Chinese Hospitals in Hot Water for Fake Birth Certificates, Seven Detained

Multiple hospitals across several provinces in central and southern China were allegedly involved in providing fake birth certificates for abducted babies, with seven suspects arrested and four others being detained in Hubei province alone, according to Chinese state media.

Sina reported on Nov. 13 that local authorities, after receiving information and materials from Shangguan Zhengyi, an anti-child abduction and trafficking volunteer group, have ramped up scrutiny at hospitals in Hubei, Guangxi, and Guangdong, and dozens of suspects are currently under investigation.

Earlier on Nov. 6, Shangguan Zhengyi exposed some of its findings on Weibo, China’s most popular social media platform, claiming that it had conducted an undercover probe for over a year and found that several hospitals spanning the provinces of Hubei, Hunan, Guangxi, Guangdong, and Yunnan, offered fake birth certificates, vaccine books, and others, for sale on the social media platform Douyin—the Chinese version of TikTok.

Fake birth certificates can be used to register households and to provide fake identities for abducted children.

Ye Youzhi, the director of Xiangyang Jianqiao Hospital in Hubei Province, is one of the main suspects who issued over 5,000 birth certificates in three years for Beijing, Shandong, Sichuan, Gansu, and other provinces. She colluded with a gang to sell babies, both male and female, at prices of about 100,000 yuan (about $13,700) each to ten provinces across the country, according to Shangguan Zhengyi.

A birth certificate, as the first medical certificate after the birth of a child, plays a crucial role in all aspects of China, such as vaccination, household registration, enrollment in a school, and application for an ID card.

Li Yuanhua, an associate professor at the former Capital Normal University, told The Epoch Times on Nov. 11 that the trafficked babies have new identities, which will make it less possible for biological parents to find their missing children.

To some extent, the hospitals’ falsification of birth certificates has fueled the rampant child trafficking in China, Mr. Li said.
One-Stop Service for an Abducted Child With a Fake ID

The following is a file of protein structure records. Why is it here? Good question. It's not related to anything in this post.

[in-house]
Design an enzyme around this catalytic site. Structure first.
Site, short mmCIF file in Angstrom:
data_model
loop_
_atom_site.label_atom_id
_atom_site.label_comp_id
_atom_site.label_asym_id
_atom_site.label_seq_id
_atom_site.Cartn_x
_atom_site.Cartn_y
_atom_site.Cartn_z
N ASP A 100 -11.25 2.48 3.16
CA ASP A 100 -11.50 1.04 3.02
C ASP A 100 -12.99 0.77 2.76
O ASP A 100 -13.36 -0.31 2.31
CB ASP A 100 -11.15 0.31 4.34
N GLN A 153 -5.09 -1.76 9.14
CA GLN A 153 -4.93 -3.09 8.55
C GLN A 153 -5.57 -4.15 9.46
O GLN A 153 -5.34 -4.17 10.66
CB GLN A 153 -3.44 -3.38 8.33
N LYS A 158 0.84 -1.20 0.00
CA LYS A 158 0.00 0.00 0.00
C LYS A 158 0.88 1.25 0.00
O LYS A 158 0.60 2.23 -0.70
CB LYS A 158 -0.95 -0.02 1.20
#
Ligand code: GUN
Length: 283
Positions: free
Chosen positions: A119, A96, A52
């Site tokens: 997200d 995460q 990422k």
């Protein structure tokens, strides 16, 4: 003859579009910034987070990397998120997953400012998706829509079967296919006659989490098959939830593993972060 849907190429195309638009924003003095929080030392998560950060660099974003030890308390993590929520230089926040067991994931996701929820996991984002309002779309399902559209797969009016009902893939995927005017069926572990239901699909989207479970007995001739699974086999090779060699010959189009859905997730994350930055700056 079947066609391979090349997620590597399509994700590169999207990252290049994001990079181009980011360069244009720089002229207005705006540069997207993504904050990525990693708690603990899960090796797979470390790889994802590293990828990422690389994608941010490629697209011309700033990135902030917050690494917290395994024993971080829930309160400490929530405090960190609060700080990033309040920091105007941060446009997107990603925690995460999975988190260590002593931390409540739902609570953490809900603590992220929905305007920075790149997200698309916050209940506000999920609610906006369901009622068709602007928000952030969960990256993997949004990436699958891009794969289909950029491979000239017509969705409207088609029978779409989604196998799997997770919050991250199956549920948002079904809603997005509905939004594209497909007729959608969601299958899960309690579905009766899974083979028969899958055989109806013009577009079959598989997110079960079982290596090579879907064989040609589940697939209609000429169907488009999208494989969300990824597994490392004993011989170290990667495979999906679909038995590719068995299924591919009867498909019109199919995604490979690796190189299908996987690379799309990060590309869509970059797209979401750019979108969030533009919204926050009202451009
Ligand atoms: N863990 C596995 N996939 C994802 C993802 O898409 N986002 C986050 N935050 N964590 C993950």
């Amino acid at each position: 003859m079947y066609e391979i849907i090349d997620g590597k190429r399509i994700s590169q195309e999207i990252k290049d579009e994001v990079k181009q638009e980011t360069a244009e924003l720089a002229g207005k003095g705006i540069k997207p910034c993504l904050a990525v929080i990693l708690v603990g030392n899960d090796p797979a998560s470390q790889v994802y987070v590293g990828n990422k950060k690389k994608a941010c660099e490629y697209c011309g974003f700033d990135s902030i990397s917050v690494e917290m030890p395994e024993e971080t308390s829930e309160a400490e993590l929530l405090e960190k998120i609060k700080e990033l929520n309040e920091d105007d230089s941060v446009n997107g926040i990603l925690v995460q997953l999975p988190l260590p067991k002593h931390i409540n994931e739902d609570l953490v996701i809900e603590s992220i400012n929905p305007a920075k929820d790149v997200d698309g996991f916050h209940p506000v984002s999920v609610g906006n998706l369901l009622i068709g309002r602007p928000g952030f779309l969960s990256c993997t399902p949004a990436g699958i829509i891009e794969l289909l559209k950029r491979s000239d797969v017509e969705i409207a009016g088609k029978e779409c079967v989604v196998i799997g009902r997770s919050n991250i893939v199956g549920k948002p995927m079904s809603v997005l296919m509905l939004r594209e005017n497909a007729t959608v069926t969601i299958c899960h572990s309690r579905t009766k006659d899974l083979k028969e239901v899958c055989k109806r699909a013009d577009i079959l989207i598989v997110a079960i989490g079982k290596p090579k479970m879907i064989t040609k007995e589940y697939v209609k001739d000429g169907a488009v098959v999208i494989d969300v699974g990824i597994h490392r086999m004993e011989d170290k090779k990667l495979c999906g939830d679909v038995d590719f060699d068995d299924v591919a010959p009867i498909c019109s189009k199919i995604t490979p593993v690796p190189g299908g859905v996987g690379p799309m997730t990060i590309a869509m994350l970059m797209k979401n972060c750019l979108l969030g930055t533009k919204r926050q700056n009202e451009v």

Shangguan Zhengyi has evidence that some buyers of abducted children have managed to register and settle the children in the southwest provinces of Sichuan and Yunnan, northern China’s Hebei, and northwest provinces like Shaanxi with the help of forged birth certificates.

The anti-child abduction group detailed how a fake ID was produced in the Xiangyang Jianqiao Hospital.

First, through an intermediary, the customer only needs to pay 96,000 yuan (about $13,200), and the hospital will follow the normal birth process to give a complete set of authentic information, such as filing, maternity checkups, hospitalization, delivery, discharge, and so on.

Then, the customer can bring the abducted baby to the hospital to collect plantar floor blood for the issuance of a birth certificate, and the entire process can be completed in a maximum of seven days.

If the customer can’t bring the baby on-site, he or she must pay 10,000 yuan (about $1,400) more, and the hospital will arrange for other babies to collect plantar blood.

In Guangdong Province, Foshan Fuaijia Maternity Hospital peddled birth certificates, including a complete set of actual hospitalization and delivery records, for 120,000 yuan (about $16,500) each through a network intermediary.

On Nov. 10, an Epoch Times reporter contacted Foshan Fuaijia Maternity Hospital for comment, and a staff member responded that the obstetrics and gynecology clinic had been suspended.

Crimes More Than Fake Birth Certificates

Shangguan Zhengyi noted some intermediaries said hospitals are a primary source of babies for sale, citing the two possibilities of the hospitals.

One is surrogacy, which is suspected to be an emerging source of baby trafficking. Ms. Ye had told her customers that Xiangyang Jianqiao Hospital was mainly engaged in surrogacy and that birth certificate processing was only a sideline.

Another notable point is hospitals are accessible to abandoned babies; for instance, hospitals can acquire from “a pregnant college student who doesn’t want a baby” and then notify agents of the supply; agents will look for buyers through the Chinese Tiktok platform, according to Shangguan Zhengyi.

Thirteen years ago, Ms. Ye was arrested and convicted for illegal fetal sex determination and illegally induced abortion, but that didn’t affect her status as a hospital director and vice-president of the Xiangyang Women’s Entrepreneurs Association.

Shangguan Zhengyi believes the response by Chinese Communist authorities has been insufficient in the face of the country’s rampant child-trafficking crimes, saying that they had reported child abduction cases to authorities in Shaanxi and Hebei in September but received no response.

So far, messages about birth certificates for sale still inundate the Chinese Tiktok platform, the civil volunteers group said.

Mr. Li pointed out that doctors’ and hospitals’ involvement in selling babies and birth certificates reveals “loopholes in the system” controlled by the Chinese Communist Party (CCP), and the ruling party should also be accountable for the lack of medical ethics and prevalence of human trafficking.



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